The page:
Jimmy Duff from Iveagh Crescent was buried in the City Cemetery last week after a long and painful illness. Any death is difficult for a family to bear, though none more so than the death of a young person. But Jimmy lived to a fair, old age and though there were tears at his graveside, there was also great relief that his suffering was at an end.
Afterwards in the Pigeon Club there was, appropriately, something of a happy celebration of the man’s life. Friends condoled relatives and relatives each other, not with recollections of the man’s flaws or a biography of the type of disappointments and thwarted hopes each mortal experiences on this earth, but a flood of fond memories, funny anecdotes, Jimmy’s coups in life, and the singing of particular and meaningful songs. In this way do we positively immortalise our dead loved ones.
I remember the first dead person I saw. When I was a kid in Corby Way my Uncle Hugh Downey from Andersonstown Crescent died. My mate, Seamy Lavery, begged me to take him to the wake. “Please, I’ve never seen a dead Mister before,” he said. Looking at the old man in his grey suit in the open coffin was not as frightening as we thought it would be. In fact, it was a bit disappointing. I wasn’t familiar enough with him to feel a sense of loss and I was too young to empathise with my Aunt May, though I probably put on an act.
I also remember the first coffin I ever carried. It was a very proud act. I was eighteen. John McCarthy from Raglan Street was a pensioner who myself and a friend, Paul Kerr, used to visit every Tuesday or Wednesday night as part of our Legion of Mary duty. He had been a republican sympathiser after 1916 and told us how a mob of ‘Wee Joe’ Devlin supporters (oh yes, those old, peaceful constitutional nationalists!) surrounded his house and smashed the windows because he was displaying a poster of De Valera who was at that time running for election in the North.
We came out of St Peter’s Pro-Cathedral (though I can’t remember if it was a Pro-Cathedral in 1971. What is a ‘Pro-Cathedral’?), onto the Falls Road, and I was asked if I would like to carry the coffin. So I bore the lightness of the old man, and I know it sounds stupid but that was the first time I noticed people along the footpaths stop and bless themselves and men take off their caps. And I thought, what a great tradition we have!
Later, I realised that this was happening even when it was a Protestant funeral going to the City Cemetery (you could tell it was Protestant, from the stricken faces). Locals stopped, bowed their heads in silence, weren’t sure whether to bless themselves in case they caused offence, and waited until the hearse and funeral cars had passed.
Unlike many other peoples we have an attitude of being close to the dead which distinguishes us and which isn’t, I believe, morbid but is in fact healthy. We get angry if our cemeteries are neglected by the authorities. We make an attempt to get to wakes, or the Requiem Mass or Service, or the interment (sometimes even when we don’t know the deceased). We issue memory cards and continue to publish memorial notices in newspapers for decades after a person’s death. We pray for the dead and to the dead.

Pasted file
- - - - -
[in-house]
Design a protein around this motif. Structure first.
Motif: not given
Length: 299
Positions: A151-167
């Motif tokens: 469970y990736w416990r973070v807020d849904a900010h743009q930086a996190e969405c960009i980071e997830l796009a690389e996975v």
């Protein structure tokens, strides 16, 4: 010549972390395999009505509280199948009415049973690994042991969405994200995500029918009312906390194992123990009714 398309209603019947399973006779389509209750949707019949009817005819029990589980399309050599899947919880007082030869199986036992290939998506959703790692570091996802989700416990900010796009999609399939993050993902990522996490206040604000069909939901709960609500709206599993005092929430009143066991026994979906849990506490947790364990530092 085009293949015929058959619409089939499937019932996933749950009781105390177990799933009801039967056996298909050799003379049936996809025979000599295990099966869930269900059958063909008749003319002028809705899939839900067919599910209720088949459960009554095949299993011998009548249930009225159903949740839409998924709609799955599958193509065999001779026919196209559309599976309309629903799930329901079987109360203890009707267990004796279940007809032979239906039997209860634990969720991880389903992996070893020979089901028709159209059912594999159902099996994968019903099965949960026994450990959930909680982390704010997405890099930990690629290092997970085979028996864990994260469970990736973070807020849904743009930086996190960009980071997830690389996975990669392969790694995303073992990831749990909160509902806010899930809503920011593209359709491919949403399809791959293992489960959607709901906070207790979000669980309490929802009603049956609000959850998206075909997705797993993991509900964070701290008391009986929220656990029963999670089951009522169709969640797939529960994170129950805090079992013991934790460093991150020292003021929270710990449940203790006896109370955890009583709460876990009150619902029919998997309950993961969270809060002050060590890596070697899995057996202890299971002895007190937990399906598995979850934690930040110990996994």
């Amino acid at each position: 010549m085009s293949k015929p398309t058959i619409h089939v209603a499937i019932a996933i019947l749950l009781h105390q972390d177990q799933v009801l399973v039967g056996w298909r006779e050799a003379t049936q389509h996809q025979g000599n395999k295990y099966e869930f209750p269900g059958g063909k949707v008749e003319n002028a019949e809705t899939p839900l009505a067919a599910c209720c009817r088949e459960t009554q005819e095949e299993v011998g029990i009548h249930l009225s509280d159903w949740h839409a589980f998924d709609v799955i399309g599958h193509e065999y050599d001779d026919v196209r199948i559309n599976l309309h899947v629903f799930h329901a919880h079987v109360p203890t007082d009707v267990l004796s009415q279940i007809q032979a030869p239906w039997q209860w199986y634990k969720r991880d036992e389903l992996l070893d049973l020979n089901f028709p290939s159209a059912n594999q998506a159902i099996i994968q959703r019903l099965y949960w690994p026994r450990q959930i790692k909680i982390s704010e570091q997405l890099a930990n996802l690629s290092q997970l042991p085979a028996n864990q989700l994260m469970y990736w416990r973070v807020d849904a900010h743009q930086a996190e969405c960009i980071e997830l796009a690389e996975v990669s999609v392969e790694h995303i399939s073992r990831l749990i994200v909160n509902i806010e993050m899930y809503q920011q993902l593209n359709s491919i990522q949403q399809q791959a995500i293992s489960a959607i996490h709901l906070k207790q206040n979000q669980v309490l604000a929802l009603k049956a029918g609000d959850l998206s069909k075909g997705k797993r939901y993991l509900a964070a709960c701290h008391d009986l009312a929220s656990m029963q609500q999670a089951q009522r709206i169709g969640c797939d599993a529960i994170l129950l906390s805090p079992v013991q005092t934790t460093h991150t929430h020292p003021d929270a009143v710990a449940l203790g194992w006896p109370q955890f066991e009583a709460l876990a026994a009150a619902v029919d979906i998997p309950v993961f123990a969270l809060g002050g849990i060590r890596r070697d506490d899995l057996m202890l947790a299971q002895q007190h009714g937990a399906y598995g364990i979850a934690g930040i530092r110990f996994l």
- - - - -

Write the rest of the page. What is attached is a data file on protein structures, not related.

But times change. So does respect. Used to be that smokers would leave the cortege and go to the footpath if they were dying for a fag. Not anymore. Used to be that mourners would whisper and observe some solemnity. Even that respect is slipping. Used to be that everyone at the graveside – even the apostates – would join in the prayers to comfort the family. Now you hear the football results.
I know that in some circumstances it is unavoidable (perhaps the family home has been sold), but increasingly relatives are following the practice in England, which is now normal in Dublin, of not having wakes, of the remains going to a chapel of rest where you can call in between nine and five, if you’re not too busy. In these modern times there is a trend of pushing the dead away, not having time for the dead and forgetting too quickly how profound was the individual’s story – when all lives, even the most unassuming, have volumes to them.
Last year some stupid Catholic clerics criticised the most recent and touching additions to Requiem Mass – those personalised readings from the pulpit by relatives and friends consisting of goodbyes, little letters and poems. At the funeral of my cousin, Raymond White, twelve months ago, listening to these humble tributes I felt for the first time in years that I was in a church of the people.
The wealthy, the royal, the powerful and the celebrated have their ostentatious displays, their heralds, substituting a magnitude of riches and a plangency of trumpets, for the real and common story, that is the struggle for meaning in life that each individual engages in. There is an interesting story told by the German writer, Goethe, about his neighbour, Von Ochsenstein, a patrician who had not led a particularly remarkable life.
In those days the custom was for pompous funerals which often crippled poorly provided families. Von Ochenstein left behind directions that common working men should carry him to the grave, early in the morning, in perfect silence, and without an attendant or follower. Though a bit extreme, he made his point, about death being an equaliser, a leveller. Death is that unknown region to which and through which we travel without wealth or favour, our only passport the productive use to which spiritually or publicly we put the life we were given.